How do you go about creating a new version of a story that has been so overdone and redone and rebooted as Tarzan? Well, this isn’t quite the right approach, though not nearly as bad as what has happened to Superman or Spider-Man up till now.
So what does it have going for it? Well, yes, first and foremost Alexander Skarsgård (The Giver) nearly naked half the film is probably one of the great draws. And pretty he is, but pretty cannot carry a film. Margot Robbie is definitely another plus. Her crisp voice and demeanor almost steal the show, though not nearly as dominating as her performance in Suicide Squad; impressive given the role she was handed.
Going against it are some weaker performances and a thin and unengaging script. Samuel L. Jackson (Miss Peregrine’s School for Peculiar Children) probably was kicking himself for taking such a part. He’s fine in it, but it is border-line insulting and with no real meat to it. And Christoph Waltz (Spectre) is neither crazy enough, funny enough, tragic enough, nor powerful enough to have the impact the part required.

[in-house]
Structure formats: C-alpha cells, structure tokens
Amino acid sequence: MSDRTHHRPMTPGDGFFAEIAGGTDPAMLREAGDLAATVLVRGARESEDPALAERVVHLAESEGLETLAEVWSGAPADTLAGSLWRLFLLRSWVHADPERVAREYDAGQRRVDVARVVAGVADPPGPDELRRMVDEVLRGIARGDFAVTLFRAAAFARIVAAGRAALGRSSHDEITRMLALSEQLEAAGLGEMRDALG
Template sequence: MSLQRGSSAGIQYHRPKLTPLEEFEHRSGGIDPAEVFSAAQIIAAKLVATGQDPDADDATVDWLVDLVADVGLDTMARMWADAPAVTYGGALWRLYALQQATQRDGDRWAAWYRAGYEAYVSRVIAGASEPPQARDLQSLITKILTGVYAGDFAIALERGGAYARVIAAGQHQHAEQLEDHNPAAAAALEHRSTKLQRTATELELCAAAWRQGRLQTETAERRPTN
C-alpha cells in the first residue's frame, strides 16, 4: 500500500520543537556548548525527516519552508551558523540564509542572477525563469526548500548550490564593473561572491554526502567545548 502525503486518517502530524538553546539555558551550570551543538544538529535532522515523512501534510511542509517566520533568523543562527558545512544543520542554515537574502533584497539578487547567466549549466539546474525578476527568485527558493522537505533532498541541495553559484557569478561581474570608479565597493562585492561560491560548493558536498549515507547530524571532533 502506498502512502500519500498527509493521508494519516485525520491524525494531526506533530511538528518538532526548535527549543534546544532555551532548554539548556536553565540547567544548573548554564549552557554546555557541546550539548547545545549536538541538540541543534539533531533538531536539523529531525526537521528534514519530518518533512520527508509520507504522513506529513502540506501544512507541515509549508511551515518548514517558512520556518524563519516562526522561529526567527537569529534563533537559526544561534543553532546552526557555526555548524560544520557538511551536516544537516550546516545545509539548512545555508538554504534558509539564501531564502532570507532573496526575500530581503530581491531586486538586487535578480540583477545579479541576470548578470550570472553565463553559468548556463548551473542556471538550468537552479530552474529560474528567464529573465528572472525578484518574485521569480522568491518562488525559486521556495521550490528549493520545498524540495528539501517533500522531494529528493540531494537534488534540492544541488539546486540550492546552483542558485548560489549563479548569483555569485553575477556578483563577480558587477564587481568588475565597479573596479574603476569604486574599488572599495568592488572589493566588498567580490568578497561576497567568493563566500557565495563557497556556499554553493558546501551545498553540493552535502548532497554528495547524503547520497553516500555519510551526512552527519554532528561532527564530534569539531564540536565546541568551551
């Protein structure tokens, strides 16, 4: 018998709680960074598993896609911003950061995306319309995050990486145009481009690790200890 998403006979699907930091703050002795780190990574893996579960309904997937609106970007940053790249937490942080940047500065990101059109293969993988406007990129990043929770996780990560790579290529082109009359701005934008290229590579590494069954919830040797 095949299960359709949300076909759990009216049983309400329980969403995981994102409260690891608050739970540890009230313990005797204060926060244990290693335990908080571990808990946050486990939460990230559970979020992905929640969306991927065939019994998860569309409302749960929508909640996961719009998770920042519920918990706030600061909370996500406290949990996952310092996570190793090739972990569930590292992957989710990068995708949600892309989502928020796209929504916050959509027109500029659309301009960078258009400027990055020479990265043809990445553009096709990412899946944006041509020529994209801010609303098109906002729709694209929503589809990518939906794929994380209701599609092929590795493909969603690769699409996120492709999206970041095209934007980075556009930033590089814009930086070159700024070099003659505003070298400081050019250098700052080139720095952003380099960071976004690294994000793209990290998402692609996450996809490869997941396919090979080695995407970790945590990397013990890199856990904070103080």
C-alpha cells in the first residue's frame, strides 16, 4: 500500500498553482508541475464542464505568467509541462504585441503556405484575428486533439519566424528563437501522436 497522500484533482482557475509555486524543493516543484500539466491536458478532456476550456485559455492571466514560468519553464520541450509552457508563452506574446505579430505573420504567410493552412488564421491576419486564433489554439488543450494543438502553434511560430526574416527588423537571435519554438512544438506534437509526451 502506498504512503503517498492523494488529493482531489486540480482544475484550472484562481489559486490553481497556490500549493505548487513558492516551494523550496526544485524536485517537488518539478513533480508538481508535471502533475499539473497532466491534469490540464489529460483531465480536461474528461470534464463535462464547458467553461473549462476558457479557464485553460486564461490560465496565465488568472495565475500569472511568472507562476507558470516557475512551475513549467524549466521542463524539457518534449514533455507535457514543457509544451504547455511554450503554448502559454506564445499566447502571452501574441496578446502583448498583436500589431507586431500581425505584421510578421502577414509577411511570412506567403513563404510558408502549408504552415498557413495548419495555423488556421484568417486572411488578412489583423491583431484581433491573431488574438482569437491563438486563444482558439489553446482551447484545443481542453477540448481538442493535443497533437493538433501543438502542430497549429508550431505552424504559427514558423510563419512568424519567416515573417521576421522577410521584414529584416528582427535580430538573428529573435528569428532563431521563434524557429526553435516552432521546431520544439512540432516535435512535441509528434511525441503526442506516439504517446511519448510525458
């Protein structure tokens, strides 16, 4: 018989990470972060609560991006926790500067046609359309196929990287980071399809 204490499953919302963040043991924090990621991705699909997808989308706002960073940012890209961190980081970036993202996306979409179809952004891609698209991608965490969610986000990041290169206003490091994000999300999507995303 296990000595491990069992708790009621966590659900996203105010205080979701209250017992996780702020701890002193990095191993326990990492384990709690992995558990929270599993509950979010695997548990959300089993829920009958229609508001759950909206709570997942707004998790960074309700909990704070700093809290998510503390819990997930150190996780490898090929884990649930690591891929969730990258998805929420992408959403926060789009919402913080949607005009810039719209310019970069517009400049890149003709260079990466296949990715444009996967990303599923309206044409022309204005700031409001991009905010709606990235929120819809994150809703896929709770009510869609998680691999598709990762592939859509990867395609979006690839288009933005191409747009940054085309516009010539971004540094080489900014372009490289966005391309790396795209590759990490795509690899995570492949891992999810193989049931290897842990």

But most of the weaknesses of this tale are in the script. Trying to retell the story through reflective flashbacks was clever, but never allowed the emotion to build nor our investment in Tarzan/Greystoke himself. If we aren’t invested in him and his African families (human and non) the rest of the story is just for the pictures. There is some power in the movie in its look at colonialism, but that was also not a strong enough theme to support it all. Even the attempts at humor, few as they were, fell mostly flat.
Most people could skip this film and not have their lives diminished. However, for Robbie and, depending on your tastes, Skarsgård you might find enough to make it interesting.